Research is an important part of our mission here at CMBG. We’re excited to share an insider’s look into some of the research we have been doing this past year. During the 2020 growing season, CMBG Research Botanist, Melissa Cullina, and botanical research intern, Anna DeGloria, scoured the land and water of Lincoln and Sagadahoc Counties. They were researching the present-day biodiversity of our region’s wild vascular plants.
Part of the ongoing MidCoast Flora project, their work took them to all corners of the region in search of species new to the counties (updating “county records”) and those that have not been scientifically collected in 25 years or (in some cases many) more.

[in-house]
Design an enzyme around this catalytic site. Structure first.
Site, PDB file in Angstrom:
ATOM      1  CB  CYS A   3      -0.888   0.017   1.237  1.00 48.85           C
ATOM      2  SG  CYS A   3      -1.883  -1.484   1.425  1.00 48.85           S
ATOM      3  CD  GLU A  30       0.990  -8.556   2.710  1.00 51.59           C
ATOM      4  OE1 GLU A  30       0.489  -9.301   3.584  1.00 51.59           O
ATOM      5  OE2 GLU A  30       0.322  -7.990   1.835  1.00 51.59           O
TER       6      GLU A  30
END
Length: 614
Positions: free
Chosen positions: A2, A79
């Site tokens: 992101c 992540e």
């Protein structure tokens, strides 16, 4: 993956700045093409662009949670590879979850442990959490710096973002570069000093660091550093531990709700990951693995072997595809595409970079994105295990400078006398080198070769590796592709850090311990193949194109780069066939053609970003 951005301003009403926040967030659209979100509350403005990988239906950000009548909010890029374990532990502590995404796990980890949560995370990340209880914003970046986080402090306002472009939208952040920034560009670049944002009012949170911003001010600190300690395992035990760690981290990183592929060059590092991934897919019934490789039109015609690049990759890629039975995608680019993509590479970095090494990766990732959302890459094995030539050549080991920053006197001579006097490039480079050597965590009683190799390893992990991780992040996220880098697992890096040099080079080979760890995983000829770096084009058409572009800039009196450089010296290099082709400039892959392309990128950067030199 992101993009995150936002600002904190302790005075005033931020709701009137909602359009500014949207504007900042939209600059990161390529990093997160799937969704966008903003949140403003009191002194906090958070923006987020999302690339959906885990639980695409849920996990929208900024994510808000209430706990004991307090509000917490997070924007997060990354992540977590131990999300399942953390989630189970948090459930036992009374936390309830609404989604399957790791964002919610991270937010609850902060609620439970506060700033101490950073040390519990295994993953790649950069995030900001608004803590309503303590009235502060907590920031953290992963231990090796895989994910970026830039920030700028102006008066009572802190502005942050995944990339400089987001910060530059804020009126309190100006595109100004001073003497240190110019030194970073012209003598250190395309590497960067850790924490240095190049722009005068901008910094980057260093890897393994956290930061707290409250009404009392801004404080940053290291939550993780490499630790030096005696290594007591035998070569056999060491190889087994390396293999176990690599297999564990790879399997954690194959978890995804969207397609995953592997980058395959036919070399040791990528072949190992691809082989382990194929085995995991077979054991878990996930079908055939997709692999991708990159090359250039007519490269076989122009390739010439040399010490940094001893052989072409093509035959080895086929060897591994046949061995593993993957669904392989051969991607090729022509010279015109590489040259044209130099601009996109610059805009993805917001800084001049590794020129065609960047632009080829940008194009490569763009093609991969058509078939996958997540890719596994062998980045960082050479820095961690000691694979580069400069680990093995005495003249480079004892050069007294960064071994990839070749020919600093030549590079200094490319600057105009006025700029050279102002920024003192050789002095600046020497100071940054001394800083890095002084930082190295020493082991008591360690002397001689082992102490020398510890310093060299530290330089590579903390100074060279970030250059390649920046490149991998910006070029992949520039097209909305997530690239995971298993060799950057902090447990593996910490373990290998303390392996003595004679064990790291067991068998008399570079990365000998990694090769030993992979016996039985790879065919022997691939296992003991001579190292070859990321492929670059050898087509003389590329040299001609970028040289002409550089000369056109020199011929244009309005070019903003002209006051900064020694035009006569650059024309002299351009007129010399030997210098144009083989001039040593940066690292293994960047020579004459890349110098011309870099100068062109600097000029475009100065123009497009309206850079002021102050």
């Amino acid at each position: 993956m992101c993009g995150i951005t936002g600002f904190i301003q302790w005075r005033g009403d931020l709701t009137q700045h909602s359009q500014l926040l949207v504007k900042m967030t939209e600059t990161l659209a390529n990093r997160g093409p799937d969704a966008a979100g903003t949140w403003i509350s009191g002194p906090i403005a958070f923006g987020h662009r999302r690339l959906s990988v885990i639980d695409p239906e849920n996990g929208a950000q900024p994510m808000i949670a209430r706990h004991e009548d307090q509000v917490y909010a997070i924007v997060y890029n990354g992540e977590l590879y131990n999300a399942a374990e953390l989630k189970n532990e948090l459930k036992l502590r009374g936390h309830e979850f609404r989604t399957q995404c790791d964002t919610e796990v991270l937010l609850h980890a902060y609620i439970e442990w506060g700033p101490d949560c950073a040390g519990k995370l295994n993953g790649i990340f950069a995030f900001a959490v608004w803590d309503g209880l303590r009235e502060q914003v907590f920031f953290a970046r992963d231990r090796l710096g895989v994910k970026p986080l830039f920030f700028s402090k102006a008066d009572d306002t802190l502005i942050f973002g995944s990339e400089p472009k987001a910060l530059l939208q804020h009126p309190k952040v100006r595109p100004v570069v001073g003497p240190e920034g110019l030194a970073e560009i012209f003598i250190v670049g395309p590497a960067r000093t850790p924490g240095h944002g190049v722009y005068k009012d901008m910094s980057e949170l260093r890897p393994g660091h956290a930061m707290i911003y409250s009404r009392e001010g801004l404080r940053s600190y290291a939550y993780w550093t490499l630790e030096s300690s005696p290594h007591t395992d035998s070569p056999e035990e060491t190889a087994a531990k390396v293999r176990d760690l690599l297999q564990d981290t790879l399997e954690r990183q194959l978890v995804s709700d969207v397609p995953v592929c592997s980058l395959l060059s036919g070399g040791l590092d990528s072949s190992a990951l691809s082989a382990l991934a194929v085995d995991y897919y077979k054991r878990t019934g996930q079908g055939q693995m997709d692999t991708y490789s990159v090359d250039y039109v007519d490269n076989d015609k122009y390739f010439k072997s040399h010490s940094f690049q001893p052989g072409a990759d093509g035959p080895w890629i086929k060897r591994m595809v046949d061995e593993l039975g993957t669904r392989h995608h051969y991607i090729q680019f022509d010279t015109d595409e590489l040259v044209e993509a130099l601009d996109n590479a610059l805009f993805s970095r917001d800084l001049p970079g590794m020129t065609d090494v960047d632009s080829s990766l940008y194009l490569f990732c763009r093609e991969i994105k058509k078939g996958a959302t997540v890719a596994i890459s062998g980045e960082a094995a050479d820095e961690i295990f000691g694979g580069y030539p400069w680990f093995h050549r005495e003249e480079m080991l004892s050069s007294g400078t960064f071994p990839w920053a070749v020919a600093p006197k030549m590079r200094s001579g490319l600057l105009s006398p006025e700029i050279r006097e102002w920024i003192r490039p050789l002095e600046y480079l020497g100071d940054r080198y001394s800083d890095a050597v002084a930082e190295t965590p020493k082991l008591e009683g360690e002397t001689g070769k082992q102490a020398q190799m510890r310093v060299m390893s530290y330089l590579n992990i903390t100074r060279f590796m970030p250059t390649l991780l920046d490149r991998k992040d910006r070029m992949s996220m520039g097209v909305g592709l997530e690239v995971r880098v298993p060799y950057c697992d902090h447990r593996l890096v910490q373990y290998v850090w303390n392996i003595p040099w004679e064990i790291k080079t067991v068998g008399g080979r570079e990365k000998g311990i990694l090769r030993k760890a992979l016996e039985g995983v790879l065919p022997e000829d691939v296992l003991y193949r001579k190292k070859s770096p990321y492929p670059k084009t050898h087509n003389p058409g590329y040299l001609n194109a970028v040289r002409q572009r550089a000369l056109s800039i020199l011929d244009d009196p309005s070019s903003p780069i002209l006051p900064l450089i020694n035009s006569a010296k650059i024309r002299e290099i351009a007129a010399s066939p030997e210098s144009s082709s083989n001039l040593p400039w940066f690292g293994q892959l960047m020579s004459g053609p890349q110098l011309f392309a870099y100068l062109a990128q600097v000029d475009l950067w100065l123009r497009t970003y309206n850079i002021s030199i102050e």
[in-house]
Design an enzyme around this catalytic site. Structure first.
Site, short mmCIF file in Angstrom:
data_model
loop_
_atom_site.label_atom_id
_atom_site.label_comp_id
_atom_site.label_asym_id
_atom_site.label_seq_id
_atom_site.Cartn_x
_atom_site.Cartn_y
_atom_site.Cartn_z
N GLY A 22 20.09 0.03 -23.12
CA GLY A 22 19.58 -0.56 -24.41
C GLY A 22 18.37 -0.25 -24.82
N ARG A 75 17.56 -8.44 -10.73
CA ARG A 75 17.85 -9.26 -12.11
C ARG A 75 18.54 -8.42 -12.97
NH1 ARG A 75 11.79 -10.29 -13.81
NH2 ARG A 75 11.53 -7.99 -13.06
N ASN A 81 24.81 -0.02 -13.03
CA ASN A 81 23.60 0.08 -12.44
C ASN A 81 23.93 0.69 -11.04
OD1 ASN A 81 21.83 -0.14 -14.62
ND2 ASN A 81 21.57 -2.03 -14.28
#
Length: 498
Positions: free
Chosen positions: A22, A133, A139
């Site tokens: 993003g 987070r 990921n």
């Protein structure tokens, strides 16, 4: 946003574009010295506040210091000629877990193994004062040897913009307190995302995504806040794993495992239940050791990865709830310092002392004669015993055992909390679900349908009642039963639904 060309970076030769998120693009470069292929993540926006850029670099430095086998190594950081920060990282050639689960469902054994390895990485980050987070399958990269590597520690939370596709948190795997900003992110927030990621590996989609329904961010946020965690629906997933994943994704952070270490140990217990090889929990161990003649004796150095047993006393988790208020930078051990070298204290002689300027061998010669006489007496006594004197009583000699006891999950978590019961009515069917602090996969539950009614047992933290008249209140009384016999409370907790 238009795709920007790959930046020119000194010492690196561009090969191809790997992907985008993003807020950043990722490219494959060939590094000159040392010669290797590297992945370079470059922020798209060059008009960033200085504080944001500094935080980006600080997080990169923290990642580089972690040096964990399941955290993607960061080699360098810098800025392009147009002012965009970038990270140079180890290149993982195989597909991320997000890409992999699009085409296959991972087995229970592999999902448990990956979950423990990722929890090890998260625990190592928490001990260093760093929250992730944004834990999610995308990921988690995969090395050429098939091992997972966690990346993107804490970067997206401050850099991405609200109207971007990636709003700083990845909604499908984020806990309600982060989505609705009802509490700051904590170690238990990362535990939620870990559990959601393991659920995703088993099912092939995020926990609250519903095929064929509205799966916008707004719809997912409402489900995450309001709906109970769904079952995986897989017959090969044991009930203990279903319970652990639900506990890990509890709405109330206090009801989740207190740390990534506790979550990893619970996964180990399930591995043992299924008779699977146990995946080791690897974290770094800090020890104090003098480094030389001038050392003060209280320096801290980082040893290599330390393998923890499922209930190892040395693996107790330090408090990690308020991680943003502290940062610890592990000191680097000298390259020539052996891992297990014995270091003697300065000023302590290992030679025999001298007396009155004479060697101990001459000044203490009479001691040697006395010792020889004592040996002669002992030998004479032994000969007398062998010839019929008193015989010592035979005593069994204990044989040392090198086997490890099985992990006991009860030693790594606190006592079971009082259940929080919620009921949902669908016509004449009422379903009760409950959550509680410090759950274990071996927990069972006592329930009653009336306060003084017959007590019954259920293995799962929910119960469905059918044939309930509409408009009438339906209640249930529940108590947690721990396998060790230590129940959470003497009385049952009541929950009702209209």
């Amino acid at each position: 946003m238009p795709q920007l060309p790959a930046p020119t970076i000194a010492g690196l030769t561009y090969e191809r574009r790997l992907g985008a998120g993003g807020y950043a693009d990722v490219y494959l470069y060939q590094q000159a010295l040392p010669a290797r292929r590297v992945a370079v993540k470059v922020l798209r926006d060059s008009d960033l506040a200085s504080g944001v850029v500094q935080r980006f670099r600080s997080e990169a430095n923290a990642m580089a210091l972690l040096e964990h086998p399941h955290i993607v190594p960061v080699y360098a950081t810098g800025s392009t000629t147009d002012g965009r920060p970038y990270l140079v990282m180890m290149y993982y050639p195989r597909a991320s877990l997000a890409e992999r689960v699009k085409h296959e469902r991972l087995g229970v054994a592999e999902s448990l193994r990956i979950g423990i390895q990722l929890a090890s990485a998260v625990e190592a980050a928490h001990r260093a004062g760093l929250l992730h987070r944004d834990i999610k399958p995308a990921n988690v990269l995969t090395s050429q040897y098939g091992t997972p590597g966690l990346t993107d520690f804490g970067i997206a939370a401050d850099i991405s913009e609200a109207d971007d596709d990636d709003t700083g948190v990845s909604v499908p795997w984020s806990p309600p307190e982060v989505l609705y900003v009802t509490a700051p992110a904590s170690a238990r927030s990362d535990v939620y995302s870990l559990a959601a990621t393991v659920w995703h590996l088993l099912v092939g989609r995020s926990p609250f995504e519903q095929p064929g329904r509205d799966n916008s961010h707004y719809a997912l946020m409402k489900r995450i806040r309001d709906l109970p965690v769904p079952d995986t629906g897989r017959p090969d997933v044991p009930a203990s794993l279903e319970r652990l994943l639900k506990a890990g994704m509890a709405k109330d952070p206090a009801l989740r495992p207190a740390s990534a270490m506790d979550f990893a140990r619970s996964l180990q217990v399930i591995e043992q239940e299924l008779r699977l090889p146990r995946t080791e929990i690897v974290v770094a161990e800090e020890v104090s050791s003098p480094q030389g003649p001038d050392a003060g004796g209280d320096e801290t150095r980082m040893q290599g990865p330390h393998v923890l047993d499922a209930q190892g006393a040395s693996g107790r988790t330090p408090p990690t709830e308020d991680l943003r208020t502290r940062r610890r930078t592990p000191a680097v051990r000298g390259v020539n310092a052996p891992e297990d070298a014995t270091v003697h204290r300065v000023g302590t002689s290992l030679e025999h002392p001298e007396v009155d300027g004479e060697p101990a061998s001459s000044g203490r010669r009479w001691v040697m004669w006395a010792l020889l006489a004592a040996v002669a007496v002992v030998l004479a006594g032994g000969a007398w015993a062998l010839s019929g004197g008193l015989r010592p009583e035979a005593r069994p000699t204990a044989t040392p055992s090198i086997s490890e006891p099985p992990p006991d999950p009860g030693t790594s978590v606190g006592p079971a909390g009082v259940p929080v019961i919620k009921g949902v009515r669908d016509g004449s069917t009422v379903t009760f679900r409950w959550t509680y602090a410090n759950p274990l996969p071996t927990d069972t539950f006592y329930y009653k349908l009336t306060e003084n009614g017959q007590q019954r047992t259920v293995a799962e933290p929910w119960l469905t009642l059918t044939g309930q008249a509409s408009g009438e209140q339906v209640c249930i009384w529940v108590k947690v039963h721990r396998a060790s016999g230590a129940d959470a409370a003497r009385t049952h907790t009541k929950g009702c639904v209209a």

New discoveries in Sagadahoc County included three rare species: Nantucket shadbush (Amelanchier nantucketensis) in Georgetown, Vasey’s pondweed (Potamogeton vaseyi) in Woolwich, and the northern tubercled orchid (Platanthera flava var. herbiola), also in Woolwich. Another new discovery in Lincoln County was the rare wild leek (Allium tricoccum). This leek is a species which is vulnerable to over-collection by foragers because of its culinary use. In addition to these rare species, they documented another 24 new county records this season. They also confirmed the presence of another 118 species that had not been “vouchered” from the study area in the past 25 years. Vouchered means a plant has been verified by preparation of a botanical specimen and placed in a herbarium. These confirmations are critically important as CMBG seeks to understand how our local flora is changing over time.